With teachers reporting high levels of burnout in the wake of the pandemic, a four-day school week can be a major perk to attract and retain educators, particularly for districts that can’t afford to raise salaries.
In fact, administrators of districts that have gone this route said they have seen an increase in applicants, even from out-of-state teachers in one case.
“It emerged as a real competitive advantage, particularly for rural schools who were having difficulties in attracting talented teachers — or teachers at all,” said Andrea Phillips, a policy researcher at RAND Corp. who has studied the subject.
More than 1,600 schools across 24 states had a four-day school week by 2019, and the trend is growing. They are especially popular among smaller districts and west of the Mississippi River due to varying state instructional time policies and the generally higher-than-average per-pupil costs for smaller districts, Phillips said.
Superintendents in districts that have transitioned to four-day weeks say the vast majority of teachers, students, administrators and parents love the model, an assertion backed by research and surveys.
“You’re able to give students more opportunities in a customized learning setting,” said Tom Rice, a former principal of Gayville-Volin High School in Gayville, South Dakota, who recently became superintendent of Wolsey-Wessington School District, also in South Dakota. Both his old school and current district operate on a four-day school week.
Absenteeism and discipline referrals saw marked improvement at Gayville-Volin, Rice said. The same outcomes were seen in Bakersfield R-IV School District in Gainesville, Missouri, Superintendent Amy Britt said.
And in Brighton, Colorado's School District 27J, graduation rates — particularly among Latino students — have increased since a four-day school week began in 2018, Superintendent Chris Fiedler said.
What does it mean for the bottom line?
A four-day week can mean cost savings for districts, although not as large as might be expected.
The switch yielded a maximum savings of 5.4% in the average district’s total budget, with actual savings ranging from 0.4% to 2.5%, according to a 2011 study from the Education Commission of the States, the latest year for which data is available from the organization.
Savings accrue in transportation costs — mainly diesel fuel for buses — as well as in expenses for hourly salaries, school meals, and heating and cooling.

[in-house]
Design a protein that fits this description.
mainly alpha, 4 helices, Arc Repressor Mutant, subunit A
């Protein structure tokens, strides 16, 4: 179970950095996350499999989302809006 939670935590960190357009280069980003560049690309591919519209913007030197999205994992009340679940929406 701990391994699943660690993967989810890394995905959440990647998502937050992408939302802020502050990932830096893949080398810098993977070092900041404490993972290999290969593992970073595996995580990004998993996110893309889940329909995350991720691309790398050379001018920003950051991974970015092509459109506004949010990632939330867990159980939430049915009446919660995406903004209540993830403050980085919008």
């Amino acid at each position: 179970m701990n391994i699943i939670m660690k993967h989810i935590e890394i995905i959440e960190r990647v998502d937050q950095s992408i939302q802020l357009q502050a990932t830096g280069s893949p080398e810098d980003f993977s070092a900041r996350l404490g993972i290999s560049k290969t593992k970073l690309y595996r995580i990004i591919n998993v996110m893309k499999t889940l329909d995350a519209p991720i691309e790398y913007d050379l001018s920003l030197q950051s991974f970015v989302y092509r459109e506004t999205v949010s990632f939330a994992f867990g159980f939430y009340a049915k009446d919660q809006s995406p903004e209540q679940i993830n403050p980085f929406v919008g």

Colorado's 27J Schools saved $750,000 on fuel in the first year, less than 0.5% of its total budget, Fiedler said.
Bakersfield saved around 8%, or about $120,000, mostly in fuel. Still, “it’s definitely not the 20% that you would imagine,” Britt said.
But any savings, even small, can be reallocated to other important areas, such as teacher salaries or academic and social-emotional services for students, Phillips said.
How does it impact achievement?
Educators told K-12 Dive that achievement in their districts either stayed flat or showed some improvement. For example, in Crutcho Public Schools in Oklahoma City, average test scores moved closer to the proficiency score of 300 on the Oklahoma Performance Index, former superintendent James Branscum said.
“It doesn’t appear that the four-day school week on its own is all that bad. It’s the reduction of the time in school … that seems to be the driver of these achievement gaps."
Associate professor of economics at Oregon State University School of Public Policy
But a RAND Corp. study showed student achievement did not grow as fast in four-day school districts. After eight years, the difference in ELA and math growth between four-day and five-day districts was considered "meaningful" — and greater than the average gap that could be closed by most educational interventions, the study showed.
When dividing four-day school districts into low, middle and high levels of time spent in school, negative effects emerged in math and English language arts achievement for those with low time in school, according to a February 2022 study in Economics of Education Review.
“It doesn’t appear that the four-day school week on its own is all that bad. It’s the reduction of the time in school … that seems to be the driver of these achievement gaps,” said researcher Paul Thompson, associate professor of economics at Oregon State University’s School of Public Policy.
School administrators interviewed by K-12 Dive also pointed out the COVID-19 pandemic has made it difficult to accurately compare year-over-year data.